Meantime, the Ryder boys took a stand on the hill north of town and defied arrest, and it was then that the sheriff deputized a number of citizens to go with him. Knowing that the boys not only had a bad feeling for the town authorities, but also had fight in them.
The sheriff’s posse reached the neighborhood of the Ryder home ahead of the boys, having left their autos and approached on foot, and when the young men drove up in their car, they were practically surrounded.
What followed has been given with slightly varying details but, as nearly as we could learn, the officers, before advancing, urged the two boys to submit to arrest, go back to town quietly and that a small fine would end the matter.
The reply was a refusal and a threat.
As the sheriff’s men attempted to close in, a rock and gun battle followed, both the boys being killed. Robert Hedrick, one of the deputies, was struck by two rocks and was the only member of the posse being hurt.
Members of the posse hurried to a neighboring telephone and called Dr. Fox to the scene, but both victims were dead before he arrived. His examination showed that each of the young men had received a shot about the chest.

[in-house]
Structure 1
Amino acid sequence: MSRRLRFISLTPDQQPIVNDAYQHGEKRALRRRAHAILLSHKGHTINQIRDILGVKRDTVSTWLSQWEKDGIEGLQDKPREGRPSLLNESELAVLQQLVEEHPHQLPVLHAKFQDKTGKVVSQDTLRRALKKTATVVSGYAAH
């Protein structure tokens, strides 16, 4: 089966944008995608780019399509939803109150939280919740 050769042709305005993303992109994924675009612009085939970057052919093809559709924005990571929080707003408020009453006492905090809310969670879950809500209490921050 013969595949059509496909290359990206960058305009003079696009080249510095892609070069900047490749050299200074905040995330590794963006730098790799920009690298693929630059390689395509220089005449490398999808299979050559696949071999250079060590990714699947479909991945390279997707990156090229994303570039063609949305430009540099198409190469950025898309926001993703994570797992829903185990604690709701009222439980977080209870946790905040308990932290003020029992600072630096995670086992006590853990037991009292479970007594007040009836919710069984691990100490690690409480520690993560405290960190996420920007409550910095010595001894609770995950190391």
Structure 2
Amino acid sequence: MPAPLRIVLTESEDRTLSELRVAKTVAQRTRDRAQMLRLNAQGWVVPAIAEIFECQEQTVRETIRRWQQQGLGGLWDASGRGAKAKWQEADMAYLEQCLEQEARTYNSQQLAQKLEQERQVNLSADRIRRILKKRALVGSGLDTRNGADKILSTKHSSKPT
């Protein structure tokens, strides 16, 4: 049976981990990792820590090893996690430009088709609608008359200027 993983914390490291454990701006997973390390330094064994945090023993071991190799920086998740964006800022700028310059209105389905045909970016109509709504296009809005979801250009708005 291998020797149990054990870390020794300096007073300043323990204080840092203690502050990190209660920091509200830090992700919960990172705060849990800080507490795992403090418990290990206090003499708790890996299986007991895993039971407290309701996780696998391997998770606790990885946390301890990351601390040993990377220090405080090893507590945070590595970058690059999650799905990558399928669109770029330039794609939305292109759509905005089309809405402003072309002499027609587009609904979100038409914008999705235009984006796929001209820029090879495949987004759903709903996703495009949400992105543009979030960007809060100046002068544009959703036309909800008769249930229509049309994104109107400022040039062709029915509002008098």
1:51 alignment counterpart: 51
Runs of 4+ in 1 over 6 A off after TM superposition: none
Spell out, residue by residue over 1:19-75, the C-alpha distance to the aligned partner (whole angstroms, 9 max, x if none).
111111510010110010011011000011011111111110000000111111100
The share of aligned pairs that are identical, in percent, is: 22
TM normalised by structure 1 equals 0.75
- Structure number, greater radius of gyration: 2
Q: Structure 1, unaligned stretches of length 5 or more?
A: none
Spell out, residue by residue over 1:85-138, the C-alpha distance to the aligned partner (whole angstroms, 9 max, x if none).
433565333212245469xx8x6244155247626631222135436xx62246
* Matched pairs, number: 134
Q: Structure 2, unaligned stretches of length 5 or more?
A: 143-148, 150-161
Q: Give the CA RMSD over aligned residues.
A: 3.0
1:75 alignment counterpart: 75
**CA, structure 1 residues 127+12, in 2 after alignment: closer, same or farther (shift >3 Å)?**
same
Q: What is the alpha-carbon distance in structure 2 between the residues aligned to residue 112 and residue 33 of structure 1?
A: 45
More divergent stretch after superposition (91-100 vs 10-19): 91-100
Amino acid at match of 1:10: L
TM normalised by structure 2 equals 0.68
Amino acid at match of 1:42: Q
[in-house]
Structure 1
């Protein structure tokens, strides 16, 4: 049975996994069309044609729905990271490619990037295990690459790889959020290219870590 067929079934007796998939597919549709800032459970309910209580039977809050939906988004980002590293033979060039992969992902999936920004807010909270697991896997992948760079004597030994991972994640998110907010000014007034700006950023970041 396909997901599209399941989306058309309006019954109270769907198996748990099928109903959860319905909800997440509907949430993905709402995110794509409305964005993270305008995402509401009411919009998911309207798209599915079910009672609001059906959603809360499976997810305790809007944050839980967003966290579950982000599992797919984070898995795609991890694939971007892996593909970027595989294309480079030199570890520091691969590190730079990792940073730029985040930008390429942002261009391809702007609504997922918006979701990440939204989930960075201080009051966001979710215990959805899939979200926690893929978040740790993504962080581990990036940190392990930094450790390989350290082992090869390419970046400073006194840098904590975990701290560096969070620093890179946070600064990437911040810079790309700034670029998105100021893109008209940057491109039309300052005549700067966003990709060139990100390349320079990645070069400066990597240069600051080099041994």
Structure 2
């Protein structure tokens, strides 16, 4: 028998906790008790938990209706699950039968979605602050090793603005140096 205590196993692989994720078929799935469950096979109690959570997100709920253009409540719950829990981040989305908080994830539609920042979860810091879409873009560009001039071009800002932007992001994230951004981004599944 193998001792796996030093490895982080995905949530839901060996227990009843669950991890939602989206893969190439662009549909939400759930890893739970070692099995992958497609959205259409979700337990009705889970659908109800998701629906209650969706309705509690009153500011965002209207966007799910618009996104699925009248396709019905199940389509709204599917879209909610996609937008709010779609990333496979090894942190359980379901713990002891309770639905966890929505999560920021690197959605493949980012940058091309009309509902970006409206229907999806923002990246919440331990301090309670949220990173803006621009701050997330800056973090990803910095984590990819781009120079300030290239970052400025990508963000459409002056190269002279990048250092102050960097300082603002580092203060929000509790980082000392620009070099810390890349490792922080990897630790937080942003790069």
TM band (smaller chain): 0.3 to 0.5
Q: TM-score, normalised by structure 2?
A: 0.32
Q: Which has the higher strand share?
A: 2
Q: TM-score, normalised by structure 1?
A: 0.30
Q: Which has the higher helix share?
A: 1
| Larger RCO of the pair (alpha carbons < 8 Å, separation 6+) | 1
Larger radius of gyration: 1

On Tuesday morning, Commonwealth Attorney A. L. Jones had E. D. Swecker sworn in as acting coroner and six citizens as members of the jury, and they were driven to the Ryder home to look at the ground, view the bodies, and take the testimony of witnesses over there.
The inquest was then adjourned to Monterey and the taking of testimony continued throughout the day. At 4 p.m., the body adjourned until 9 o’clock Wednesday morning.
VERDICT OF THE CORONER’S JURY
We the jurors sworn to inquire when, how and by what means John Ryder and Clarence Ryder came to their deaths, decide that John Ryder came to his death by gunshots from the hands of the sheriff and his posse in the execution of the duties required of them by virtue of their office, and that Clarence Ryder came to his death by gun shots fired carelessly and recklessly by the sheriff and his posse.
Signed: E. D. Swecker, Coronor; D. O. Bird, Russel Rexrode, Jas. M. Ralston, L. M. Pope, W. E. Snyder, G. D. Dudley, Jurors.
As a matter of course, the unfortunate affair was the chief topic of conversation, and as is also natural, sentiment was divided in fixing the blame. Not a few sensational rumors reached town ever and anon, and purely as a precautionary measure, Judge Holt, sitting at the spring session of court, had several constables sworn in while the investigation is in progress.
Thoughtful, conservative citizens feel confident that sober judgment and counsel will prevail and that any indiscreet act tending to renew or augment the trouble will be discouraged and avoided.
The funeral of the two unfortunate young men took place at Straight Creek church Tuesday afternoon at 2:30, both being buried in the same grave. The service was conducted by Rev. Mr. Thumm of the M. E. church and the gathering was one of the largest ever seen on a similar occasion in that community – Highland Recorder